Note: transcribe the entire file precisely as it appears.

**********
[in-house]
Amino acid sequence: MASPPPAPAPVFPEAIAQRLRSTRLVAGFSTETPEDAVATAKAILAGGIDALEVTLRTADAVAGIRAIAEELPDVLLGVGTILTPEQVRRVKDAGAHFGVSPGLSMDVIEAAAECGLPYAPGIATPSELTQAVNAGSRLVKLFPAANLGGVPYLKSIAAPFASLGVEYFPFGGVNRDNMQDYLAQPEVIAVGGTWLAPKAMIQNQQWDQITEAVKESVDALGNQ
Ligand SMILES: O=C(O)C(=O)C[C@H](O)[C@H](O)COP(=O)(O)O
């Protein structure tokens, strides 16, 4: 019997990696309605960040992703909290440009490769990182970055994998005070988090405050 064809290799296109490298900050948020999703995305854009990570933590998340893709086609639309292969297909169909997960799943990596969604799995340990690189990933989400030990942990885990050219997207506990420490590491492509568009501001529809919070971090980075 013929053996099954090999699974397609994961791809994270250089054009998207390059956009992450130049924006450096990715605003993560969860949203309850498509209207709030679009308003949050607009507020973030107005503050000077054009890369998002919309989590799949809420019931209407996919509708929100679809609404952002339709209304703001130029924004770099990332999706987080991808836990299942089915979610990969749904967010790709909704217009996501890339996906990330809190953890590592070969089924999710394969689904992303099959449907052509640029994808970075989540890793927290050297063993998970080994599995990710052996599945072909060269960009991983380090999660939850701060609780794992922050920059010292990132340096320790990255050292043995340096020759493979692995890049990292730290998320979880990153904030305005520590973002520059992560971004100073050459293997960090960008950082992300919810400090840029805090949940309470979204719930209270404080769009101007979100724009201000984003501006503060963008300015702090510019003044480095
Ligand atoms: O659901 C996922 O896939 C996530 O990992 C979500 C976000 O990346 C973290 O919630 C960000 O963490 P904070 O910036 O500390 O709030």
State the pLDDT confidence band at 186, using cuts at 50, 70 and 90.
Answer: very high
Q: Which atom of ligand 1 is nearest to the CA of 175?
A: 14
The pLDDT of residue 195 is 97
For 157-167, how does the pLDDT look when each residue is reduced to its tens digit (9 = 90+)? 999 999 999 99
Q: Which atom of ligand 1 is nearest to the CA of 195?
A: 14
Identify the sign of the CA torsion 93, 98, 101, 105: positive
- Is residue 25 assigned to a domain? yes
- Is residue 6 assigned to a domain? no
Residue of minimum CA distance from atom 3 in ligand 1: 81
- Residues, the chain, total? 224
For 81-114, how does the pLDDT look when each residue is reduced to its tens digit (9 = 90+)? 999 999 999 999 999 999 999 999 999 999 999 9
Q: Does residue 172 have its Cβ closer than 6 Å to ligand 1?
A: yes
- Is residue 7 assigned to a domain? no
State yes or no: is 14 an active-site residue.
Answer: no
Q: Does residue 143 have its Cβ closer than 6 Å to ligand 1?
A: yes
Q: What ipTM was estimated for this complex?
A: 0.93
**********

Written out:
[in-house]
Amino acid sequence: MASPPPAPAPVFPEAIAQRLRSTRLVAGFSTETPEDAVATAKAILAGGIDALEVTLRTADAVAGIRAIAEELPDVLLGVGTILTPEQVRRVKDAGAHFGVSPGLSMDVIEAAAECGLPYAPGIATPSELTQAVNAGSRLVKLFPAANLGGVPYLKSIAAPFASLGVEYFPFGGVNRDNMQDYLAQPEVIAVGGTWLAPKAMIQNQQWDQITEAVKESVDALGNQ
Ligand SMILES: O=C(O)C(=O)C[C@H](O)[C@H](O)COP(=O)(O)O
């Protein structure tokens, strides 16, 4: 019997990696309605960040992703909290440009490769990182970055994998005070988090405050 064809290799296109490298900050948020999703995305854009990570933590998340893709086609639309292969297909169909997960799943990596969604799995340990690189990933989400030990942990885990050219997207506990420490590491492509568009501001529809919070971090980075 013929053996099954090999699974397609994961791809994270250089054009998207390059956009992450130049924006450096990715605003993560969860949203309850498509209207709030679009308003949050607009507020973030107005503050000077054009890369998002919309989590799949809420019931209407996919509708929100679809609404952002339709209304703001130029924004770099990332999706987080991808836990299942089915979610990969749904967010790709909704217009996501890339996906990330809190953890590592070969089924999710394969689904992303099959449907052509640029994808970075989540890793927290050297063993998970080994599995990710052996599945072909060269960009991983380090999660939850701060609780794992922050920059010292990132340096320790990255050292043995340096020759493979692995890049990292730290998320979880990153904030305005520590973002520059992560971004100073050459293997960090960008950082992300919810400090840029805090949940309470979204719930209270404080769009101007979100724009201000984003501006503060963008300015702090510019003044480095
Ligand atoms: O659901 C996922 O896939 C996530 O990992 C979500 C976000 O990346 C973290 O919630 C960000 O963490 P904070 O910036 O500390 O709030």
State the pLDDT confidence band at 186, using cuts at 50, 70 and 90.
Answer: very high
Q: Which atom of ligand 1 is nearest to the CA of 175?
A: 14
The pLDDT of residue 195 is 97
For 157-167, how does the pLDDT look when each residue is reduced to its tens digit (9 = 90+)? 999 999 999 99
Q: Which atom of ligand 1 is nearest to the CA of 195?
A: 14
Identify the sign of the CA torsion 93, 98, 101, 105: positive
- Is residue 25 assigned to a domain? yes
- Is residue 6 assigned to a domain? no
Residue of minimum CA distance from atom 3 in ligand 1: 81
- Residues, the chain, total? 224
For 81-114, how does the pLDDT look when each residue is reduced to its tens digit (9 = 90+)? 999 999 999 999 999 999 999 999 999 999 999 9
Q: Does residue 172 have its Cβ closer than 6 Å to ligand 1?
A: yes
- Is residue 7 assigned to a domain? no
State yes or no: is 14 an active-site residue.
Answer: no
Q: Does residue 143 have its Cβ closer than 6 Å to ligand 1?
A: yes
Q: What ipTM was estimated for this complex?
A: 0.93